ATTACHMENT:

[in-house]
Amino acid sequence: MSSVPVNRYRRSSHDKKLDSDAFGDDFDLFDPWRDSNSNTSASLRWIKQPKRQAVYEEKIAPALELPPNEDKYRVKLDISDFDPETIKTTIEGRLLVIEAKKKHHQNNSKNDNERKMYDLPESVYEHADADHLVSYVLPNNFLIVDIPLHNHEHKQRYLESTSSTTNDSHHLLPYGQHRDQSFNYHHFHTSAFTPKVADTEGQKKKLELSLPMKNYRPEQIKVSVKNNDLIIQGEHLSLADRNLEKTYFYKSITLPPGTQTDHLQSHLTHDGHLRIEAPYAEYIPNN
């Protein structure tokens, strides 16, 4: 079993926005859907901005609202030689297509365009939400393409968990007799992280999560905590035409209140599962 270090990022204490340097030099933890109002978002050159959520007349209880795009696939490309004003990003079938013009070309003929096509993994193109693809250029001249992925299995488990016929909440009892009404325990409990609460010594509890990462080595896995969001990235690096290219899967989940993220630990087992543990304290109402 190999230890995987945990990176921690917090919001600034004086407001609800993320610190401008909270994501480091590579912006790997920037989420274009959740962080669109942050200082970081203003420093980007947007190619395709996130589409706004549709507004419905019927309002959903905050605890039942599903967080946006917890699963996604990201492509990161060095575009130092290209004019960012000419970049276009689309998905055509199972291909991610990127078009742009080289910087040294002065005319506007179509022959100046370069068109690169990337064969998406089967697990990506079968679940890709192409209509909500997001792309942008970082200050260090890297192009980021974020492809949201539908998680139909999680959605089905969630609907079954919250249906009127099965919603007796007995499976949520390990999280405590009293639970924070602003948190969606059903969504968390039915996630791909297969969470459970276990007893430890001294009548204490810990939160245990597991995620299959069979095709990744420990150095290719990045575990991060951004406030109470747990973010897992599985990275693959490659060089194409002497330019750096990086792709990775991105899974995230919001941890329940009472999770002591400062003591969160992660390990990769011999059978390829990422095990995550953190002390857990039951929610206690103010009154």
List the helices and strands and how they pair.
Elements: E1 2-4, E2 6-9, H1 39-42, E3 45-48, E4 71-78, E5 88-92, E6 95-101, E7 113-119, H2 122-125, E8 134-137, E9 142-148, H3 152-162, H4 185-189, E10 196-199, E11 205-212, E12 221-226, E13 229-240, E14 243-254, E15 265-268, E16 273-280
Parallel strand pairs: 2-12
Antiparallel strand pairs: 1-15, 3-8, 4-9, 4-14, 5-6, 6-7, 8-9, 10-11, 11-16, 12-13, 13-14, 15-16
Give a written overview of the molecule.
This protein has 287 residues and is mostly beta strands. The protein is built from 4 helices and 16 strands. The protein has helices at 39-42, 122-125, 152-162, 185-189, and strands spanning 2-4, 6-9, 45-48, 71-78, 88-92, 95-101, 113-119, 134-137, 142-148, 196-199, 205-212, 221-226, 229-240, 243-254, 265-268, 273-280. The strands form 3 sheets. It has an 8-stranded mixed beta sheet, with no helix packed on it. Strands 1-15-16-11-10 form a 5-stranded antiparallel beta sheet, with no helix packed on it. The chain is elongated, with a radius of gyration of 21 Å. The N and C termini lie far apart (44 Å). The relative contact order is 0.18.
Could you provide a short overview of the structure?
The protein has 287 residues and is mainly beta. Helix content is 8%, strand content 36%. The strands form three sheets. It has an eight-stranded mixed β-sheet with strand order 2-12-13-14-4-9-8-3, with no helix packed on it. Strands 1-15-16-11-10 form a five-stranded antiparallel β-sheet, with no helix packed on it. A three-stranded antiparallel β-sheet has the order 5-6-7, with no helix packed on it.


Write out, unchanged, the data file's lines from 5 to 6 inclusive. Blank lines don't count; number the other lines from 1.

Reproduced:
Elements: E1 2-4, E2 6-9, H1 39-42, E3 45-48, E4 71-78, E5 88-92, E6 95-101, E7 113-119, H2 122-125, E8 134-137, E9 142-148, H3 152-162, H4 185-189, E10 196-199, E11 205-212, E12 221-226, E13 229-240, E14 243-254, E15 265-268, E16 273-280
Parallel strand pairs: 2-12